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Enterolab Results Comments Anyone?

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A) Gluten Sensitivity Stool and Gene Panel Complete *Best test/best value

Fecal Anti-gliadin IgA: 9 Units

Fecal Anti-tissue Transglutaminase IgA: 10 Units

Quantitative Microscopic Fecal Fat Score: 1267 Units

Fecal Anti-casein (cow's milk) IgA: 6 Units

HLA-DQB1 Molecular analysis, Allele 1: 0201

HLA-DQB1 Molecular analysis, Allele 2: 0202

Serologic equivalent: HLA-DQ 2,2 (Subtype 2,2)

Interpretation of Fecal Anti-gliadin IgA (Normal Range is less than 10 Units): Intestinal antigliadin IgA antibody was below the upper limit of normal, and hence there is no direct evidence of active gluten sensitivity from this test. However, because 1 in 500 people cannot make IgA at all, and rarely, and some people can still have clinically significant reactions to a food antigen despite the lack of a significant antibody reaction (because the reactions primarily involve T cells), if you have a syndrome or symptoms known to be associated with gluten sensitivity, a gluten-free diet may help you despite a negative test. If you have no syndrome or symptoms associated with gluten sensitivity, you can follow a gluten-containing healthy diet and retest in 3-5 years; or you may opt to go gluten-free as a purely preventive measure.

Interpretation of Fecal Anti-tissue Transglutaminase IgA (Normal Range is less than 10 Units): You have an autoimmune reaction to the human enzyme tissue transglutaminase, secondary to dietary gluten sensitivity.

Interpretation of Quantitative Microscopic Fecal Fat Score (Normal Range is less than 300 Units): A fecal fat score greater than or equal to 300 Units indicates there is an increased amount of dietary fat in the stool which usually is due to gluten-induced small intestinal malabsorption/damage when associated with gluten sensitivity. Values between 300-600 Units are mild elevations, 600-1000 Units moderate elevations, and values greater than 1000 Units are severe elevations. Any elevated fecal fat value should be rechecked in one year after treatment to ensure that it does not persist because chronic fat malabsorption is associated with osteoporosis among other nutritional deficiency syndromes.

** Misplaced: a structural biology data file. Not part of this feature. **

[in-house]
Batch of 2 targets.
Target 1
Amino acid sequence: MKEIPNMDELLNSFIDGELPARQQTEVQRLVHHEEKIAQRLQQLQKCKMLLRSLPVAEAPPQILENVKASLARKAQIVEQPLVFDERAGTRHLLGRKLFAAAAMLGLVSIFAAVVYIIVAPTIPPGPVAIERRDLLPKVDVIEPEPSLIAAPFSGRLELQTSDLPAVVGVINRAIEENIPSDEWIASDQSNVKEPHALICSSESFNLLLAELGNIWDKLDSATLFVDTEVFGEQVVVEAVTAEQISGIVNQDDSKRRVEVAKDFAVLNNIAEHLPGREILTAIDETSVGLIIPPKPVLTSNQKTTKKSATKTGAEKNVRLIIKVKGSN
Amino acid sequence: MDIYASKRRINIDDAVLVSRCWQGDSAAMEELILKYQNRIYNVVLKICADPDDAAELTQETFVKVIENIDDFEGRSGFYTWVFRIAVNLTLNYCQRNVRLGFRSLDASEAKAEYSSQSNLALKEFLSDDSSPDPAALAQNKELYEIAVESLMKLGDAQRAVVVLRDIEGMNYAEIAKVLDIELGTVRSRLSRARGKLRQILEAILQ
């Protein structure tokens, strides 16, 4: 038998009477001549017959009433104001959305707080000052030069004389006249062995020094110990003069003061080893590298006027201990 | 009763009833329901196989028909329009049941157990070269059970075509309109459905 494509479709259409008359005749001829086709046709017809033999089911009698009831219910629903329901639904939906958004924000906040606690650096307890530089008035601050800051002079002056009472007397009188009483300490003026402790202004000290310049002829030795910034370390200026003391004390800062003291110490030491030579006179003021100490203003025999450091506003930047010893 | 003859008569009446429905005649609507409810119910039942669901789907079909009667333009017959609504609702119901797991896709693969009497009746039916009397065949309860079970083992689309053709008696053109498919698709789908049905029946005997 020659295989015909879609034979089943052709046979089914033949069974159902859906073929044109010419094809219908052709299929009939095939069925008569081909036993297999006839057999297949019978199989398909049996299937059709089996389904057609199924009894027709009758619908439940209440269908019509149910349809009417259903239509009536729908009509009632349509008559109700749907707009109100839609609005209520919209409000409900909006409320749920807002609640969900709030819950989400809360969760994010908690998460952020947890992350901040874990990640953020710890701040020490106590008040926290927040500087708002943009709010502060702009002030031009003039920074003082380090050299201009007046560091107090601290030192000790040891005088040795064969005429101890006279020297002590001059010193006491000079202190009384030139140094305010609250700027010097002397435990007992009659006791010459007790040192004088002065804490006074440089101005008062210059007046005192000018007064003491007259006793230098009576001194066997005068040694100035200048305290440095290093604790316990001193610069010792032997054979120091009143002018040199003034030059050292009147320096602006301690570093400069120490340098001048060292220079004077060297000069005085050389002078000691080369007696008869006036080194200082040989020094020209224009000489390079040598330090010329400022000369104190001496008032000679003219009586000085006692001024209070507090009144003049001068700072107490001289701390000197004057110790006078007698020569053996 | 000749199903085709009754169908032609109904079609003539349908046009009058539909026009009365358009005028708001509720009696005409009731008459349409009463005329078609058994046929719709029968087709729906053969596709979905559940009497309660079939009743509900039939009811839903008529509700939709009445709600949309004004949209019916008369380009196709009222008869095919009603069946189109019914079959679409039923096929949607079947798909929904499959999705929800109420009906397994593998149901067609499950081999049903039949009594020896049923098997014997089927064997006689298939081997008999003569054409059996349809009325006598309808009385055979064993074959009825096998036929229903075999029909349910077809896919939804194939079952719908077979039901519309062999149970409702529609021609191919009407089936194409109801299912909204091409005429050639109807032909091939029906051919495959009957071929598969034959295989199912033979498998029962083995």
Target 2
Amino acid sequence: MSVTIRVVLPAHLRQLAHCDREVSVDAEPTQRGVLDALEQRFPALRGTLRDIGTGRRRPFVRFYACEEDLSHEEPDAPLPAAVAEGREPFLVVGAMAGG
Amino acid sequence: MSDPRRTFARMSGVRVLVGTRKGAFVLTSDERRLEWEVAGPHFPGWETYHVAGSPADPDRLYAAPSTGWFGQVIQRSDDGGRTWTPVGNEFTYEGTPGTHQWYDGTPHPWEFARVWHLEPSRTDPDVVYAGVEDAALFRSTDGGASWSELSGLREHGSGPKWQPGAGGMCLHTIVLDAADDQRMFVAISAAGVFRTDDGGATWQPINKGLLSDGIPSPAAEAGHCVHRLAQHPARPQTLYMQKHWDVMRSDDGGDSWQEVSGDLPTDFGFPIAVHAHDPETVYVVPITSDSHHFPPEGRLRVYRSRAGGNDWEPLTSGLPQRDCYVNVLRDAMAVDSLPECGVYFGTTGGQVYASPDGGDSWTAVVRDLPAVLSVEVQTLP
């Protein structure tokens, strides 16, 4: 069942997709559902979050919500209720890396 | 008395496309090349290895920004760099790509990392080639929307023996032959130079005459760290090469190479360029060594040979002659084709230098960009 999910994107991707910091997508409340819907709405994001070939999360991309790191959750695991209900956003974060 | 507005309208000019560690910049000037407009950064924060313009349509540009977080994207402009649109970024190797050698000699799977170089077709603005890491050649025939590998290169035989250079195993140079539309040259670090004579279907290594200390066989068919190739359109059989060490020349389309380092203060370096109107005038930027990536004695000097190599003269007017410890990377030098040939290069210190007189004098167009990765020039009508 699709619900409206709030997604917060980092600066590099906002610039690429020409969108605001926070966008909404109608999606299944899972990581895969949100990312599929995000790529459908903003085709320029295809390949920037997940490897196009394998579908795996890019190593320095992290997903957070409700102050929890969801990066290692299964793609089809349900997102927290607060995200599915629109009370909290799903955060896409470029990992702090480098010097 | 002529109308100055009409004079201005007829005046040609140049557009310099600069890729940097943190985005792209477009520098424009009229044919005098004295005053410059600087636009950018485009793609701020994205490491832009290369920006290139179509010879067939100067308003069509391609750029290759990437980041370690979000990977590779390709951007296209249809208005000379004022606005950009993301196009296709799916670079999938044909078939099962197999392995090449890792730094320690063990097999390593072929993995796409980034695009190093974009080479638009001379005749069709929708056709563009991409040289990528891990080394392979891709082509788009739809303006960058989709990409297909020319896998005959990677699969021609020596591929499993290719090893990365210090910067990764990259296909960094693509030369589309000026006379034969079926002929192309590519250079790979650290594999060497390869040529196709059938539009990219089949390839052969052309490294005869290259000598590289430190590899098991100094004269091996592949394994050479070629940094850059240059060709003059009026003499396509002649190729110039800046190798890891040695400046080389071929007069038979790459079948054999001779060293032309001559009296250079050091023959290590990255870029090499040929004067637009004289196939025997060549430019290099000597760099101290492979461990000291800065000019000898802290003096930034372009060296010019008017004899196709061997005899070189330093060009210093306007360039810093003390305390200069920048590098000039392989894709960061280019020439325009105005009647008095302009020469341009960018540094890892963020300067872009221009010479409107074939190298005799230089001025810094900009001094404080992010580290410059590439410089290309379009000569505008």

Interpretation of Fecal Anti-casein (cow's milk) IgA (Normal Range is less than 10 Units): Levels of fecal IgA antibody to a food antigen greater than or equal to 10 are indicative of an immune reaction, and hence immunologic "sensitivity" to that food. For any elevated fecal antibody level, it is recommended to remove that food from your diet. Values less than 10 indicate there currently is minimal or no reaction to that food and hence, no direct evidence of food sensitivity to that specific food. However, because 1 in 500 people cannot make IgA at all, and rarely, some people can still have clinically significant reactions to a food antigen despite the lack of a significant antibody reaction (because the reactions primarily involve T cells), if you have an immune syndrome or symptoms associated with food sensitivity, it is recommended that you try a strict removal of suspect foods from your diet for up to 12 months despite a negative test.